Philippines
and as a second language by the majority. Its standardized form, officially named Filipino, is the national language of the Philippines, and is one of two official languages alongside English. It is related to other Philippine languages, such as the Bikol languages, Ilocano, the Visayan languages, Kapampangan, and Pangasinan, and more distantly to other Austronesian languages, such as the Formosan languages
Formosan languages
of Taiwan, Malay (Malaysian and Indonesian), Hawaiian, Māori, and Malagasy
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Ilocos Region
The Ilocos Region
Ilocos Region
(Ilokano: Rehion/Deppaar ti Ilocos; Pangasinan: Sagor na Baybay na Luzon; Filipino: Rehiyon ng Ilocos) is an administrative region of the Philippines, designated as Region I, occupying the northwestern section of Luzon. It is bordered by the Cordillera Administrative Region
Cordillera Administrative Region
to the east, the Cagayan Valley
Cagayan Valley
to the northeast and southeast, and the Central Luzon
Luzon
to the south. To the west lies the South China
China
Sea. The region comprises four provinces: Ilocos Norte, Ilocos Sur, La Union and Pangasinan
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Sri Lanka
Coordinates: 7°N 81°E / 7°N 81°E / 7; 81Democratic Socialist Republic
Republic
of Sri Lanka ශ්‍රී ලංකා ප්‍රජාතාන්ත්‍රික සමාජවාදී ජනරජය (Sinhalese) Srī Lankā prajātāntrika samājavādī janarajaya இலங்கை ஜனநாயக சோசலிச குடியரசு (Tamil) Ilaṅkai jaṉanāyaka sōsalisa kuṭiyarasuFlagEmblemAnthem: "Sri Lanka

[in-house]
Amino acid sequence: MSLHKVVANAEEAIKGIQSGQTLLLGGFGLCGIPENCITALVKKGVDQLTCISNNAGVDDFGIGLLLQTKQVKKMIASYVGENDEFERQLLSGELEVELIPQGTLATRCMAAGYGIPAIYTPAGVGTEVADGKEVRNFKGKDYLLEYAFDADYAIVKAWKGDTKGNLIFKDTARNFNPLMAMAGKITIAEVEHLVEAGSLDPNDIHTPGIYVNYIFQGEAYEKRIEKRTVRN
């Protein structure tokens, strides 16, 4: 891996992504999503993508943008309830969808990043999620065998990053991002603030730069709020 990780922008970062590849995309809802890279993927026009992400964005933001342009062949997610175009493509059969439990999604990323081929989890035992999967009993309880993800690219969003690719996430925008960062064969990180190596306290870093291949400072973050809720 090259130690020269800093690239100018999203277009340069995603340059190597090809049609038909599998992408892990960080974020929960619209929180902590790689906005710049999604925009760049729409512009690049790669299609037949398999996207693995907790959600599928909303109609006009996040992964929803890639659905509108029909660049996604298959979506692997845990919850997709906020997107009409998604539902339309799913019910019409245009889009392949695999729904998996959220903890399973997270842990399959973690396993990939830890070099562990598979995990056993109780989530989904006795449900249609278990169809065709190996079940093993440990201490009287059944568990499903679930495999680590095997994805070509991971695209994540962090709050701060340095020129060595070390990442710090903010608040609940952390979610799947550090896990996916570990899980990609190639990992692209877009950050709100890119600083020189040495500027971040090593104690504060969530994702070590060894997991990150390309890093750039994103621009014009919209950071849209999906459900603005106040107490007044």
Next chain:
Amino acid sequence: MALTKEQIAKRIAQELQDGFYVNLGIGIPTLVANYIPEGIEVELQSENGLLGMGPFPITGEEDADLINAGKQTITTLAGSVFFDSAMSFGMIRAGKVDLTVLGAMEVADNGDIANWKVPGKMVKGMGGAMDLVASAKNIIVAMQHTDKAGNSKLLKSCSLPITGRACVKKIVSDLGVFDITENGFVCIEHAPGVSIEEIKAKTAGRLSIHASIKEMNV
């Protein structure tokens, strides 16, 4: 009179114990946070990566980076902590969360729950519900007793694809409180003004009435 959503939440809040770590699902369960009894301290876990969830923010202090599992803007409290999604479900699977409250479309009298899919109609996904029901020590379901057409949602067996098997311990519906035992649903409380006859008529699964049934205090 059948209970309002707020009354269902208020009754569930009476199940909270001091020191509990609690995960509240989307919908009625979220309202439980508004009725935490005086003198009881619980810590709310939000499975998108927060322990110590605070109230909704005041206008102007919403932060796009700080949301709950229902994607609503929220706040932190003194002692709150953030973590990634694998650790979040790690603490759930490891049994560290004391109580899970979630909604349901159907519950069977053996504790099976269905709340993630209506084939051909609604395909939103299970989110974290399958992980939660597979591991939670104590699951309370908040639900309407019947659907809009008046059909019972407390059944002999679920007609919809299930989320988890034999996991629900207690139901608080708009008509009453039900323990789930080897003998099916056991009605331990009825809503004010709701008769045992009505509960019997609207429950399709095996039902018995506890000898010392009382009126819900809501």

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India
India, officially the Republic
Republic
of India
India
(IAST: Bhārat Gaṇarājya),[e] is a country in South Asia. It is the seventh-largest country by area, the second-most populous country (with over 1.2 billion people), and the most populous democracy in the world. It is bounded by the Indian Ocean
Indian Ocean
on the south, the Arabian Sea on the southwest, and the Bay of Bengal
Bay of Bengal
on the southeast. It shares land borders with Pakistan
Pakistan
to the west;[f] China, Nepal, and Bhutan
Bhutan
to the northeast; and Myanmar
Myanmar
and Bangladesh
Bangladesh
to the east. In the Indian Ocean, India
India
is in the vicinity of Sri Lanka
Sri Lanka
and the Maldives
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Coconut Water
Coconut
Coconut
water is the clear liquid inside coconuts (which are fruits of the coconut palm). In early development, it serves as a suspension for the endosperm of the coconut during the nuclear phase of development. As growth continues, the endosperm matures into its cellular phase and deposits into the rind of the coconut pulp.[1]Contents1 Harvesting 2 Human consumption and derivative products 3 Nutritional value 4 Commercialization 5 Medical use5.1 Folk medicine6 Risks 7 See also 8 References 9 External linksHarvesting[edit] Fresh coconuts are typically harvested from the tree while they are green. A hole may be bored into the coconut to provide access to the liquid and meat. In young coconuts, the liquid and air may be under some pressure and may spray slightly when the inner husk is first penetrated
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Pomace
Pomace
Pomace
(/ˈpʌməs/ PUM-əs), or marc (/ˈmɑːrk/; from French marc [maʁ]), is the solid remains of grapes, olives, or other fruit after pressing for juice or oil. It contains the skins, pulp, seeds, and stems of the fruit. Grape
Grape
pomace has traditionally been used to produce pomace brandy (such as grappa, orujo, törkölypálinka, zivania)
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Kiwifruit
Kiwifruit
Kiwifruit